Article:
I don’t really love the 4th of July. I feel like it’s the summer version of New Years Eve. There’s like some weird pressure to have come up with fabulous plans to celebrate our nation’s independence, when all I really want to do is power wash my pool deck and read a book.
There’s also a cloud that hangs over all the barbecues and fireworks for me, kind of the way the new movie “Inside Out” shows how happy core memories can be colored by sadness.
I found out my parents were getting a divorce on July 5, 1978, a month shy of my 12th birthday, and it marked the beginning of a long period of feeling like the rug had been pulled out from under me. It took a long time for me to find solid ground.
And then about 30 years later, this happened (originally posted here last year).
My ex-husband and I finally and completely called it quits on our marriage on July 4, 2009. Afterwards, even though he was the one who pushed me off the steep cliff of indecision, he sent me a text wishing me a “Happy Independence Day.” And while that was kind of snarky thing to write, it was also kind of true.
I was finally free.
We had initially separated about seven months earlier and then agreed we would go to counseling together and try to find a way to make things work. But honestly, I don’t think I ever really thought that was going to happen. Neither of us ever got what we needed from the other.
And I keep going back to the notion of things we want versus things that we need. Because even though I initially wanted to stay married and keep our family intact at all costs, a divorce was the one thing I really needed.
I remember standing in the foyer of our house after he’d rushed over early that July 4 morning to confront me about something that had happened the night before. Something pretty stupid and not something you’d end your almost 18-year marriage over. But we were at the end stage where you didn’t really need much to snuff out whatever life was left in the relationship. It was like the bad fall that beats cancer to the punch.
As we stood there by the front door and he asked me if I was sure I wanted to end things, I remember thinking about how good his arms looked. He was wearing a sleeveless grey workout top and his biceps looked pretty great after months of living on his own during our separation and working out twice a day. It was hot out and he was kind of worked up from the heat and the situation and his tanned arms kind of glistened from the exertion of it all and I stood and admired how good he looked and thought how much I’d miss those biceps.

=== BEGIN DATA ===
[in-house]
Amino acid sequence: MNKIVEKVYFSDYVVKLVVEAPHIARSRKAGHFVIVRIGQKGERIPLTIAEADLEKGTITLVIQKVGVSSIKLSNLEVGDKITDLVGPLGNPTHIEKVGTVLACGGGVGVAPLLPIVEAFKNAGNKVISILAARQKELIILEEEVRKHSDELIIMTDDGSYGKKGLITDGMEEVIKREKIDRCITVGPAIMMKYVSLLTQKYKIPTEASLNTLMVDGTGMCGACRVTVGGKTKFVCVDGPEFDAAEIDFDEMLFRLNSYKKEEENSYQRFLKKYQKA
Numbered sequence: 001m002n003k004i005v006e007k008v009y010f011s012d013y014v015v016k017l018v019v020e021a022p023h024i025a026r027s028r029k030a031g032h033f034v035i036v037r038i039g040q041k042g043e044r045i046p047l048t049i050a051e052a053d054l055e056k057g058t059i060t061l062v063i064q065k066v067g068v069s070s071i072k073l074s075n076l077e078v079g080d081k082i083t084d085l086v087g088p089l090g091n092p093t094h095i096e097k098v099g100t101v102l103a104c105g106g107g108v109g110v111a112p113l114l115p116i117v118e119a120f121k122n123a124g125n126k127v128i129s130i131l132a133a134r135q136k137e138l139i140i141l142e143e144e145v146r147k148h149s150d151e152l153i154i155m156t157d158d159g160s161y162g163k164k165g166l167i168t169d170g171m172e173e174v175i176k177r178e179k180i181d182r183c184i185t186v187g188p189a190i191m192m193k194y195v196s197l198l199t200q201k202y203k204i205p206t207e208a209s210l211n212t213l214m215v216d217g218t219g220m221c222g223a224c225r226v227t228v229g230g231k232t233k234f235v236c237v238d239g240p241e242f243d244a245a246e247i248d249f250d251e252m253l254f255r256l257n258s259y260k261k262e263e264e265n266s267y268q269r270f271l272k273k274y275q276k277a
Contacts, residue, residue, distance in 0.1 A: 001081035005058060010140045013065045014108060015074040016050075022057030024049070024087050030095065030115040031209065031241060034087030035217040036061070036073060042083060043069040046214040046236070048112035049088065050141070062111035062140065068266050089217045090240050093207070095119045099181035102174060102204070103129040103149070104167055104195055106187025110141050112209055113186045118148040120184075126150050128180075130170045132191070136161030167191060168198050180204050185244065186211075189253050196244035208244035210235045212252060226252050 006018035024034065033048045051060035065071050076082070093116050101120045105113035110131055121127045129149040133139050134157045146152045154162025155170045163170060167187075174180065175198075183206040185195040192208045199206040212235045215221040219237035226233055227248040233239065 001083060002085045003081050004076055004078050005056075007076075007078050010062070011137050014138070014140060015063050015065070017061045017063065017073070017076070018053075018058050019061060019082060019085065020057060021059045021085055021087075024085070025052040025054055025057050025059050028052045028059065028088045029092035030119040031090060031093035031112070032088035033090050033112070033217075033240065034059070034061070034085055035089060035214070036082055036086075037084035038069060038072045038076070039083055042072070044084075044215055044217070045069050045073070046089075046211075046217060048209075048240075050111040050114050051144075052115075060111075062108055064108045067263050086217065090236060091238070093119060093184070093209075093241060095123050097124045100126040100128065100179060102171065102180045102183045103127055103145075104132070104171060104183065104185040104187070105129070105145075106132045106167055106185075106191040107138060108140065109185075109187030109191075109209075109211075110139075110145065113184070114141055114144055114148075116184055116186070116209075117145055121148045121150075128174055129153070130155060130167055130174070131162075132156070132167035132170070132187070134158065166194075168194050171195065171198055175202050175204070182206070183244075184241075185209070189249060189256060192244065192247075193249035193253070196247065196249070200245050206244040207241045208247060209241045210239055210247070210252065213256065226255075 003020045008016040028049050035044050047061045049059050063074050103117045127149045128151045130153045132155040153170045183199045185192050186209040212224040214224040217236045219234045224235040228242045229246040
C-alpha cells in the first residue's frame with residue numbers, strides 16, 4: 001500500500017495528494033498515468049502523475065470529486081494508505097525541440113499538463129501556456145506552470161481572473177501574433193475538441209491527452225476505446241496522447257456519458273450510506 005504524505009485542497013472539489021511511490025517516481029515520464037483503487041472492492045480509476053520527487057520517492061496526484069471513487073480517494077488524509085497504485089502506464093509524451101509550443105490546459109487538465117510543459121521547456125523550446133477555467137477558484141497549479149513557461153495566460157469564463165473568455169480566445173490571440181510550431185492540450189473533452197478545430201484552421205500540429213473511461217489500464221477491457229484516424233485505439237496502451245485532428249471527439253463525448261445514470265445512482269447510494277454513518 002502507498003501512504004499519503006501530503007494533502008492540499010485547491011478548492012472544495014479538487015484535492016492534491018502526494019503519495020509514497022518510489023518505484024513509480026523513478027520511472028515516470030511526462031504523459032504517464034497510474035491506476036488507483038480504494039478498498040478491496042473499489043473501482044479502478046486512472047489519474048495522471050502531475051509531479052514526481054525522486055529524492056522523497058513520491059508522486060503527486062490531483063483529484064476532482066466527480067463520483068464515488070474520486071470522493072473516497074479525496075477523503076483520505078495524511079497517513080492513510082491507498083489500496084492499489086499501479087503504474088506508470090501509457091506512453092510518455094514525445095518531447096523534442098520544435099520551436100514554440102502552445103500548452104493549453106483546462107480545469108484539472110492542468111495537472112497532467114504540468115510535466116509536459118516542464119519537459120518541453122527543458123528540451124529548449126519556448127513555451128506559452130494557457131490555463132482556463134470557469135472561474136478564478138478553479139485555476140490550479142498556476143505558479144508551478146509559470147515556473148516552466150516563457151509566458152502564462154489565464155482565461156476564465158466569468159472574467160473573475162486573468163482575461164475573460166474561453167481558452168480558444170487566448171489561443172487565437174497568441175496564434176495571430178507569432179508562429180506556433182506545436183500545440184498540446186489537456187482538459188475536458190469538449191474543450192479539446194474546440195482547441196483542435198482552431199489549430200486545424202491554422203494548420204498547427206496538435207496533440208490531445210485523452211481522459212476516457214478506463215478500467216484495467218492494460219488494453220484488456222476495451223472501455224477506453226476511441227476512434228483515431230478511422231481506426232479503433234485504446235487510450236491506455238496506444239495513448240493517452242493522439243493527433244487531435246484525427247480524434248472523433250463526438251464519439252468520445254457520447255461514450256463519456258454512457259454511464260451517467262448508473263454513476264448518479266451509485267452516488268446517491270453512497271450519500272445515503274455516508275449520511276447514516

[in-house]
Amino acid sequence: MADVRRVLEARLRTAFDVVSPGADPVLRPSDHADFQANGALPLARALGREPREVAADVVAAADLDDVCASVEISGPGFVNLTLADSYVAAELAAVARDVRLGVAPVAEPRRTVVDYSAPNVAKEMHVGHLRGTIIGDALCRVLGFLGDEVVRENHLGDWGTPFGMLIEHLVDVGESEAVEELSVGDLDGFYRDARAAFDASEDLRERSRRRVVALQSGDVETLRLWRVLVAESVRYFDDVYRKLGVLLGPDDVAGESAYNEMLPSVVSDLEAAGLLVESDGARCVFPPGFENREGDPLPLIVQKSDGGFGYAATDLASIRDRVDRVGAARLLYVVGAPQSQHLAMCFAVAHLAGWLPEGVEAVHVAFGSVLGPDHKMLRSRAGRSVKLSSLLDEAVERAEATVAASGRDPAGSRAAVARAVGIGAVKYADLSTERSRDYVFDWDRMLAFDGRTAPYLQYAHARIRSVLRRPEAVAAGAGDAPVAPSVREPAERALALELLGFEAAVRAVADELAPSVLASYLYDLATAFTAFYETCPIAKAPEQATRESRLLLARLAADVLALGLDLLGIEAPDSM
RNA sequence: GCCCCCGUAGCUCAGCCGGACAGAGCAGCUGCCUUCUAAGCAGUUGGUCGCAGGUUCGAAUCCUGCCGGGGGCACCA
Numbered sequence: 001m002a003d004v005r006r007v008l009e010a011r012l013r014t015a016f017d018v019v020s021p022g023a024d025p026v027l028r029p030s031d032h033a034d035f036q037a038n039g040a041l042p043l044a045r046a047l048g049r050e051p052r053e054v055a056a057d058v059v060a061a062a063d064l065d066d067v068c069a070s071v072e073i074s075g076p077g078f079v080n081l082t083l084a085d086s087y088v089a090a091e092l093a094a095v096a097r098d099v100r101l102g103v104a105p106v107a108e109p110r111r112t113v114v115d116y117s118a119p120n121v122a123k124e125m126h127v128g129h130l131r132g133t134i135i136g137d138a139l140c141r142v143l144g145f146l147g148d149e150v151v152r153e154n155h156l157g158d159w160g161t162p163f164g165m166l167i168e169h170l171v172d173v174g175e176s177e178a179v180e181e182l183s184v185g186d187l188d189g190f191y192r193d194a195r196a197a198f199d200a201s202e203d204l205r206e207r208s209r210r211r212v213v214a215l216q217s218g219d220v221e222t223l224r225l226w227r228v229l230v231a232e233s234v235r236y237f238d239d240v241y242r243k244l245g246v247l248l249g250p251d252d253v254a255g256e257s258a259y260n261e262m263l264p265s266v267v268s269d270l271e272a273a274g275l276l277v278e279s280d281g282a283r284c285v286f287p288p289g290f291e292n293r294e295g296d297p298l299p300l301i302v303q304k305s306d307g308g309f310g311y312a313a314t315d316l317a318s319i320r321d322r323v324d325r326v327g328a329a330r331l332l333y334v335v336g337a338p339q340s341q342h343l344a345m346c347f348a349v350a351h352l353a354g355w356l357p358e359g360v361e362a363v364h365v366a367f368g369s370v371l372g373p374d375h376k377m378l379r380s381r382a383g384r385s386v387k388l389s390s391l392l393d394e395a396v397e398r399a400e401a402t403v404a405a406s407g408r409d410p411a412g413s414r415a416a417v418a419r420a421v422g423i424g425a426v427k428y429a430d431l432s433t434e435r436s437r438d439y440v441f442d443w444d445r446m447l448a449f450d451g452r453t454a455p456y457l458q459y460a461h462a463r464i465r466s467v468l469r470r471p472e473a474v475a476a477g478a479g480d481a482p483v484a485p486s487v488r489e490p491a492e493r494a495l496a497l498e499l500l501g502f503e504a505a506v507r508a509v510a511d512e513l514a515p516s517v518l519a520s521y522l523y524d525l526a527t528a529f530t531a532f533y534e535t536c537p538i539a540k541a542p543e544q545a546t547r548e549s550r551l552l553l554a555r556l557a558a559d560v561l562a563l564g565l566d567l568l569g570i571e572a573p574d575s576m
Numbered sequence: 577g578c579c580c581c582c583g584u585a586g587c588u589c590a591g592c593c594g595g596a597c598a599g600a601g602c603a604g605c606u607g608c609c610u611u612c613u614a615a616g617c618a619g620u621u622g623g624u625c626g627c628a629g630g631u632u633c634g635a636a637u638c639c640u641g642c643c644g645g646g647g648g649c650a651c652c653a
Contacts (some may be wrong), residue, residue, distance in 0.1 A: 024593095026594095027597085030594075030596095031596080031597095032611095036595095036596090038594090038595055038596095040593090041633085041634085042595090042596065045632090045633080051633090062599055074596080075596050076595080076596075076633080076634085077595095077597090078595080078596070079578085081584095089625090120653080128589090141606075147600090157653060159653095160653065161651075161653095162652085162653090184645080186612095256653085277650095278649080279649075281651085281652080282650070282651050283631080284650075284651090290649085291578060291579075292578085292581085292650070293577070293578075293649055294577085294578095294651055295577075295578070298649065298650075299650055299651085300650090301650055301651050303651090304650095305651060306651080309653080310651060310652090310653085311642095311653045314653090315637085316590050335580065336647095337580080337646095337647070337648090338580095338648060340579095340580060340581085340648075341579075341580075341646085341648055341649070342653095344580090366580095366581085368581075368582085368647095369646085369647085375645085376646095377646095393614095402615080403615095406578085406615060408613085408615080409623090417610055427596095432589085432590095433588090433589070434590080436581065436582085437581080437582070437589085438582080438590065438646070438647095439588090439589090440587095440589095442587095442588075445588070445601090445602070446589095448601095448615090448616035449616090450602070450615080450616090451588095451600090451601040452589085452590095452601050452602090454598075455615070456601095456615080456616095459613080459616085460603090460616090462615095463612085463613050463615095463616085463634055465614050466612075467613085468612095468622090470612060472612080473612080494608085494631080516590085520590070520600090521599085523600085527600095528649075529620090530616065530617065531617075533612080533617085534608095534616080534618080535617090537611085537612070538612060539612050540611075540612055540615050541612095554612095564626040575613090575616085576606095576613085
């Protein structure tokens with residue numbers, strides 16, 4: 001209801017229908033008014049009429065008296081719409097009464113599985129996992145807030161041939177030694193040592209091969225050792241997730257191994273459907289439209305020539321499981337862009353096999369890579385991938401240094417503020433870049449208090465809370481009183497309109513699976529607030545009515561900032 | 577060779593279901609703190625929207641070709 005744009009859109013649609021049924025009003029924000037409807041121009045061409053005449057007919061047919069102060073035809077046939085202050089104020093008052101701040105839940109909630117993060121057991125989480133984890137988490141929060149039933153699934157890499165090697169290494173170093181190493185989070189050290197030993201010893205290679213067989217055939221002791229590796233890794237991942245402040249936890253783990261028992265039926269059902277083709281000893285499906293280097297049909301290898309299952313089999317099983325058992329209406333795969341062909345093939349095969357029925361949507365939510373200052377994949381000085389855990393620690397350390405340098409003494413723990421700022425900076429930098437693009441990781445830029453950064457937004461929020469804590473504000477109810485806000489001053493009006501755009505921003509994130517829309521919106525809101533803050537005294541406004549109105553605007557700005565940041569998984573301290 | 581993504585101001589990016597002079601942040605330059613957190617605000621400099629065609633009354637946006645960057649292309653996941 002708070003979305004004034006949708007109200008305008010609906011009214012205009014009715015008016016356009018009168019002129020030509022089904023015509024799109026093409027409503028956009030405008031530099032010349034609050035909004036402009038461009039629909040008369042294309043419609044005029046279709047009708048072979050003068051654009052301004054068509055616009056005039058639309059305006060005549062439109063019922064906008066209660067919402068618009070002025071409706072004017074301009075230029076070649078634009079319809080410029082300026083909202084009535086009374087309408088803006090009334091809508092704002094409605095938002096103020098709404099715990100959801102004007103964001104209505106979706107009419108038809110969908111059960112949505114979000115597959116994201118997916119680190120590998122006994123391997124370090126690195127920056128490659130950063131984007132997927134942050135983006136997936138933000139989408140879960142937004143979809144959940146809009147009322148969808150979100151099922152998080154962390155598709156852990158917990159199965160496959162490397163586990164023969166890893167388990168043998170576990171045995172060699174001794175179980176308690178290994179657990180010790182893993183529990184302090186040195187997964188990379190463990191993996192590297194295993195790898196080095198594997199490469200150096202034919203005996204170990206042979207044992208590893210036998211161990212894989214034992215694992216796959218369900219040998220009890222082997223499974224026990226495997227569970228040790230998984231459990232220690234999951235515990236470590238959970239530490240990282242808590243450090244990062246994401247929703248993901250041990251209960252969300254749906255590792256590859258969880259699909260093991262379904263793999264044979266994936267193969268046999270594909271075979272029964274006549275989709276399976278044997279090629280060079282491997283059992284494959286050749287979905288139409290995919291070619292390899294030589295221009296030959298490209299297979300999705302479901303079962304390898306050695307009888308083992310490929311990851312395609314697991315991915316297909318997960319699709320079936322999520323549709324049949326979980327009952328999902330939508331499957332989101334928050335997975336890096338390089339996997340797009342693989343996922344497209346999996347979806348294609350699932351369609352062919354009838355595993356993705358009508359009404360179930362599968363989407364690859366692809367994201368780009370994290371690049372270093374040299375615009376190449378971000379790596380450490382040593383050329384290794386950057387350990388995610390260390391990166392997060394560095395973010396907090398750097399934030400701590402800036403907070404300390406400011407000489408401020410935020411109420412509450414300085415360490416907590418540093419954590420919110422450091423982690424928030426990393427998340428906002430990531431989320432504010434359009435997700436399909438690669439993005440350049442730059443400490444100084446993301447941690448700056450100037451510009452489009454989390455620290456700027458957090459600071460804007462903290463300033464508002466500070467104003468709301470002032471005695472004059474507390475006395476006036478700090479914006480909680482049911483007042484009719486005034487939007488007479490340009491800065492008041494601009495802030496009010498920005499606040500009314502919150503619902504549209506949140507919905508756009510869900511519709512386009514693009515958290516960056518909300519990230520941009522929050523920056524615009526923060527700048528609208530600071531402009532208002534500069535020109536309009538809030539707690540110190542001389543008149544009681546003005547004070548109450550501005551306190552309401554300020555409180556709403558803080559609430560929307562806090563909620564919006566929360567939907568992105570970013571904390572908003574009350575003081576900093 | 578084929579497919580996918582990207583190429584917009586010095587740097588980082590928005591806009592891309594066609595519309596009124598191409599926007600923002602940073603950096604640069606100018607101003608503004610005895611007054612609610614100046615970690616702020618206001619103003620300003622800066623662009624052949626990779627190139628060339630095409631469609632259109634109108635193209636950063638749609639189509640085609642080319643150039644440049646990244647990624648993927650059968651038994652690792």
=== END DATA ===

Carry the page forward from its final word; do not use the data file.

And then I looked into those beautiful blue eyes of his – the ones I looked into that rainy day all those years ago when we said “I do” and the ones I kissed, between and over his perfect brows countless times – and told him that, yes, our marriage was over.
And he walked out the door.
At the time, I didn’t even shed a tear. I was more terrified than sad about the rapid turn of events. It would take at least another year and countless hours on my therapist’s couch to really start feeling the sadness of what happened. To start burrowing a tunnel through the fortress I had built around my heart.
But over time, I’ve learned that the takeaway from my marriage is that being a part of a relationship shouldn’t cost you anything. Sure, you might have to barter and trade for certain things – you need to be willing to compromise – but you shouldn’t have to pony up, like, your dignity or self-respect just to be a part of a couple. That is a steep price to pay just so that you don’t have to be alone.
This revelation came in handy recently when I found myself seeing somebody who just couldn’t give me what I needed and my options were to go along with it but feel yucky about myself, or cut bait.
And because I can no longer compromise what I need out of a relationship or the way I have to be treated, I had to cool things off. We didn’t totally close the door, but we’re taking a break.
But I’m just not willing to sacrifice the freedom I’ve tasted to be a part of a couple. I’ve worked too hard trying to be true to who I am for that shizz.
I still miss the barbecues and fireworks we shared as a family and of course, those really nice biceps, but not how much it all cost me. I really want to be in a relationship – I know that now – but not at any price.
Freedom is too expensive to waste.